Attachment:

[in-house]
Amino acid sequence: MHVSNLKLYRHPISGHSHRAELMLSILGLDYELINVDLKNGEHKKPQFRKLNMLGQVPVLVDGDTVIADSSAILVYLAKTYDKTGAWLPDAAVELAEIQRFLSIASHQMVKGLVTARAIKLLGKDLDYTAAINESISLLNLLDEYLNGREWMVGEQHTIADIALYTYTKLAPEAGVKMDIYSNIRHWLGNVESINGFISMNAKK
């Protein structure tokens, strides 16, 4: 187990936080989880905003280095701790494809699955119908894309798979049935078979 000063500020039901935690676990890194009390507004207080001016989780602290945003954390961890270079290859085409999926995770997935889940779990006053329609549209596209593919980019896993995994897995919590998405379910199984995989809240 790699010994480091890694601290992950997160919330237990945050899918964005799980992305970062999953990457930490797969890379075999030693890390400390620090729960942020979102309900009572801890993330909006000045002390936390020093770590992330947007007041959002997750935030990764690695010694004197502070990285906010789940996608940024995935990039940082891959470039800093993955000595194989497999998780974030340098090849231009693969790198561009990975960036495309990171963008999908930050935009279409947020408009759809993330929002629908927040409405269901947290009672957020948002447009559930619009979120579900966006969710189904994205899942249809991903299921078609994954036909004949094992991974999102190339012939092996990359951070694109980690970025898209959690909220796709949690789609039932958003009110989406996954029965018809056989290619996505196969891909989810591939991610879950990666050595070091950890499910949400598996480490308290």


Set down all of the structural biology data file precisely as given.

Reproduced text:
[in-house]
Amino acid sequence: MHVSNLKLYRHPISGHSHRAELMLSILGLDYELINVDLKNGEHKKPQFRKLNMLGQVPVLVDGDTVIADSSAILVYLAKTYDKTGAWLPDAAVELAEIQRFLSIASHQMVKGLVTARAIKLLGKDLDYTAAINESISLLNLLDEYLNGREWMVGEQHTIADIALYTYTKLAPEAGVKMDIYSNIRHWLGNVESINGFISMNAKK
């Protein structure tokens, strides 16, 4: 187990936080989880905003280095701790494809699955119908894309798979049935078979 000063500020039901935690676990890194009390507004207080001016989780602290945003954390961890270079290859085409999926995770997935889940779990006053329609549209596209593919980019896993995994897995919590998405379910199984995989809240 790699010994480091890694601290992950997160919330237990945050899918964005799980992305970062999953990457930490797969890379075999030693890390400390620090729960942020979102309900009572801890993330909006000045002390936390020093770590992330947007007041959002997750935030990764690695010694004197502070990285906010789940996608940024995935990039940082891959470039800093993955000595194989497999998780974030340098090849231009693969790198561009990975960036495309990171963008999908930050935009279409947020408009759809993330929002629908927040409405269901947290009672957020948002447009559930619009979120579900966006969710189904994205899942249809991903299921078609994954036909004949094992991974999102190339012939092996990359951070694109980690970025898209959690909220796709949690789609039932958003009110989406996954029965018809056989290619996505196969891909989810591939991610879950990666050595070091950890499910949400598996480490308290």